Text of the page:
Tropic of Cancer
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The Tropic of Cancer, or Northern tropic, is one of five major circles of latitude that mark maps of the Earth. It is the northernmost latitude at which the Sun can appear directly overhead at noon. This event occurs at the June solstice, when the northern hemisphere is tilted towards the sun to its maximum extent.
The Tropic of Cancer currently lies 23° 26′ 22″ north of the Equator. North of this latitude are the subtropics and Northern Temperate Zone. The equivalent line of latitude south of the Equator is called the Tropic of Capricorn, and the region between the two, centered on the Equator, is known as the Tropics.
The line is called Tropic of Cancer because when it was named the sun was in the location of the constellation of Cancer (Latin for crab) in the sky at the June solstice. However, due to the precession of the equinoxes, the sun is now in the location of the constellation of Taurus at the June solstice. The word "tropic" itself comes from the Greek tropos, meaning turn, referring to the fact that the sun appears to "turn back" at the solstices.
The position of the Tropic of Cancer is not fixed, but varies in a complex manner over time; see under circles of latitude for information.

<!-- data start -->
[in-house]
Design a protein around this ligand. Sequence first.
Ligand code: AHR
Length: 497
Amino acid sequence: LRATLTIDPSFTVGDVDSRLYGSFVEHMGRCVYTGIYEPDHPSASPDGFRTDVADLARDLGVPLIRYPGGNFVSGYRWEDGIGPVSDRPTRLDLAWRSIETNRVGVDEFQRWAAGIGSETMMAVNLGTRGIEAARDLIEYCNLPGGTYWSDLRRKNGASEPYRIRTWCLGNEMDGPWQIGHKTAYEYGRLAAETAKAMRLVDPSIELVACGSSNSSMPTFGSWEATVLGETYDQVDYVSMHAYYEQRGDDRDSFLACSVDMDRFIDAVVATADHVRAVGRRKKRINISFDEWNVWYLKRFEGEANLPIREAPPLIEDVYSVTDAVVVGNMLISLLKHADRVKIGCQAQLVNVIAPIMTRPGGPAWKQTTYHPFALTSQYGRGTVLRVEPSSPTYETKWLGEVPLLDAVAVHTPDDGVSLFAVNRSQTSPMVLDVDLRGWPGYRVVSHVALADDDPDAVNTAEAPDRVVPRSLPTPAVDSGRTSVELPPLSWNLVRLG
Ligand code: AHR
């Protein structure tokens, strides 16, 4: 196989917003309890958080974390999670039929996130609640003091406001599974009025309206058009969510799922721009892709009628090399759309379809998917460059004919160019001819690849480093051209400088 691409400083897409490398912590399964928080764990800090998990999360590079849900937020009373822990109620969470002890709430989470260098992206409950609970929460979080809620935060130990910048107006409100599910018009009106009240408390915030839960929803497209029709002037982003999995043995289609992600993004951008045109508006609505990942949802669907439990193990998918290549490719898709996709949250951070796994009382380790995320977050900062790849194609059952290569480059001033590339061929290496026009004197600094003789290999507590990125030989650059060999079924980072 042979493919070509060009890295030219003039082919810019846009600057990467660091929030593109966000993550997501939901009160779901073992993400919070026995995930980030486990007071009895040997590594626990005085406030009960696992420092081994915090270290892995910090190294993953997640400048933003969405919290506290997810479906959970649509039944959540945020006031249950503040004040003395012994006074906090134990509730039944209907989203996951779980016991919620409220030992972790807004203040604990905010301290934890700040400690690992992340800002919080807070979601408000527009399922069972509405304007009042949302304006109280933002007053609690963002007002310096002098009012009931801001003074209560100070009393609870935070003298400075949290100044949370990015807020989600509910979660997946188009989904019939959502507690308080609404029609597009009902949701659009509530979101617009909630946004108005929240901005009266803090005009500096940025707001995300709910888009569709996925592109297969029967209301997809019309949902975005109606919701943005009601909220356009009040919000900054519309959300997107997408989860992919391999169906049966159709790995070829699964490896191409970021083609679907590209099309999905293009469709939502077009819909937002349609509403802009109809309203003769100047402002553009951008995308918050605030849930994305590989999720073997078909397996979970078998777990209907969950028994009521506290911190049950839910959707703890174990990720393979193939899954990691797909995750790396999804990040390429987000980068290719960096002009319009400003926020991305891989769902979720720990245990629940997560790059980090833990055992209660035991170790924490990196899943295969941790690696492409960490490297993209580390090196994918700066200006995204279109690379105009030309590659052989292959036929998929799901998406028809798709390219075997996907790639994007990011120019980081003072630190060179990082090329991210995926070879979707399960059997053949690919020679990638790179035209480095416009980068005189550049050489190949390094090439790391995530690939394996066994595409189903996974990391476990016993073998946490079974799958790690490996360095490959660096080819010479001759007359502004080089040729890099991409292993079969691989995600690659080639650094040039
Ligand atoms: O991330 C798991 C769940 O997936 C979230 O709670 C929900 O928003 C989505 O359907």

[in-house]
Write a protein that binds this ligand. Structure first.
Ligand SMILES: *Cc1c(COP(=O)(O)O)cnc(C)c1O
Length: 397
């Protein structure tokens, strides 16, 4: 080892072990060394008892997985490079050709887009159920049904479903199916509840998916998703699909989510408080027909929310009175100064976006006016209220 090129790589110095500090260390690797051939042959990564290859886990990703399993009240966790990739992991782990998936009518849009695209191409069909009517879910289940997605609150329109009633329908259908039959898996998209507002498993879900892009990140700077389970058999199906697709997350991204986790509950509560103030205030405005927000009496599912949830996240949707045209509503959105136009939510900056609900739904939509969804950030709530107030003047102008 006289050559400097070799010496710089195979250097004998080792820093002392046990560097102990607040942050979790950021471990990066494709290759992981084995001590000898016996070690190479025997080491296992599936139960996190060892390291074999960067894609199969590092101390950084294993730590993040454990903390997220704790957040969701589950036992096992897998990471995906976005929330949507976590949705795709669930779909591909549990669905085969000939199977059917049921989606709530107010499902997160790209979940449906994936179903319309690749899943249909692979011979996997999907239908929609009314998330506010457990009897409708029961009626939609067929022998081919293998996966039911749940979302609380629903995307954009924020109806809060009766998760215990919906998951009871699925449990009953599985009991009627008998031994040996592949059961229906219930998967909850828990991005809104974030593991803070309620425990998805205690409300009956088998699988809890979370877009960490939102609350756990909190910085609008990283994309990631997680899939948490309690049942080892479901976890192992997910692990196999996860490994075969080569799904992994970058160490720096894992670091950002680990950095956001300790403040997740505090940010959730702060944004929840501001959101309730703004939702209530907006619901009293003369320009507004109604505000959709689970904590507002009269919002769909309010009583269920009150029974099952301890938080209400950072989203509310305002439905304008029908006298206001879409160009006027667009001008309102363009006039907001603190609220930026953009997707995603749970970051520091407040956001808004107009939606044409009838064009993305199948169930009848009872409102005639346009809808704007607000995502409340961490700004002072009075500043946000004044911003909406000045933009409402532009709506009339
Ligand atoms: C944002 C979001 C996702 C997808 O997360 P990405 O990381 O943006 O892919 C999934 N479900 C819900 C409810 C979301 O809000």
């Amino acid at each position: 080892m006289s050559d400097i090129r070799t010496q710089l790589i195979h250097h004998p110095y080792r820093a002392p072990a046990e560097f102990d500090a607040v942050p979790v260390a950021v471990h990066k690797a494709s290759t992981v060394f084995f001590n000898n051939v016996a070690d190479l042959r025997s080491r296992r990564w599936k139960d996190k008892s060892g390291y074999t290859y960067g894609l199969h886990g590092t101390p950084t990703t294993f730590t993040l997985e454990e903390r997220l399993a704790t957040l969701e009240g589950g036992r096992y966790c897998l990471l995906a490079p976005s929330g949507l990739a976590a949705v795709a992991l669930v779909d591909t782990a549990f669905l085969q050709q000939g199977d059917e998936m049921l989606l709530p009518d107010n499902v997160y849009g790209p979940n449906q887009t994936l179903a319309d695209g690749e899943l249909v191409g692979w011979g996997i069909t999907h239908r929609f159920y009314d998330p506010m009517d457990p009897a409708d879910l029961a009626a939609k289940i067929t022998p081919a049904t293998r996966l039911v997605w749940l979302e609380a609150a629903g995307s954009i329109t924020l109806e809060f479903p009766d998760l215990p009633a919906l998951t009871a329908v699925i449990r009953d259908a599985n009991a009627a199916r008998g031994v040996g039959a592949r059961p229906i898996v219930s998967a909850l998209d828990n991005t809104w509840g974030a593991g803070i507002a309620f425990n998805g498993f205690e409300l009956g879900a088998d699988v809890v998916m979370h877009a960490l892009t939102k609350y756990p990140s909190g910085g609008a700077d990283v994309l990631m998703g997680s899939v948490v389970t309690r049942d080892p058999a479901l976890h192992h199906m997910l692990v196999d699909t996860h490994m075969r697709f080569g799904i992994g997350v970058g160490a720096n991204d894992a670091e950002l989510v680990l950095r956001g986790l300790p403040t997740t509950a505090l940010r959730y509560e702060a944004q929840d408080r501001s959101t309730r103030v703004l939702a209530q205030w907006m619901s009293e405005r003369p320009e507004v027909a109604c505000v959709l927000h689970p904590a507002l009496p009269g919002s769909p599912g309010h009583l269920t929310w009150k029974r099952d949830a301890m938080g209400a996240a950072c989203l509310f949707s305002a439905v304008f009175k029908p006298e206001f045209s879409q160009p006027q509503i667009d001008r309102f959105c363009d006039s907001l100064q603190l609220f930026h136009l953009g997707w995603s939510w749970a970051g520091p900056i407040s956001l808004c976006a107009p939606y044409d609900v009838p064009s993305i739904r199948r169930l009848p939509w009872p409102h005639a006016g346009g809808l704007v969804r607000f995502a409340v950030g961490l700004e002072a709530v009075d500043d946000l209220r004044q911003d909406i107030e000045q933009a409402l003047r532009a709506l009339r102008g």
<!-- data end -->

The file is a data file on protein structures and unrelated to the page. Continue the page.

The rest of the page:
Starting at the Prime Meridian and heading eastwards, the Tropic of Cancer passes through:
Country, territory or sea Notes Algeria Niger Libya The Tropic touches on the northernmost point of Chad Egypt Red Sea Saudi Arabia United Arab Emirates Abu Dhabi emirate only Oman Indian Ocean Arabian Sea India Bangladesh India Bangladesh India Myanmar (Burma) China Taiwan Strait Republic of China Taiwan, claimed by China Pacific Ocean United States Hawaii — sea area only, misses every island, passing between Nihoa and Necker Island Mexico Baja California peninsula Gulf of California Mexico Gulf of Mexico Straits of Florida Bahamas Exuma Islands and Long Island Atlantic Ocean Western Sahara Claimed by Morocco Mauritania Mali Algeria
According to the Fédération Aéronautique Internationale's rules, for a flight to compete for a round-the-world speed record, it must cover a distance no less than the length of the Tropic of Cancer as well as cross all meridians and end on the same airfield where it started. This length is set to be 36787.559 kilometres - a number implying a precision which does not exist, considering the variations of the tropic described above.
For an ordinary circumnavigation the rules are somewhat relaxed and the distance is set to a rounded value of 37000 kilometres.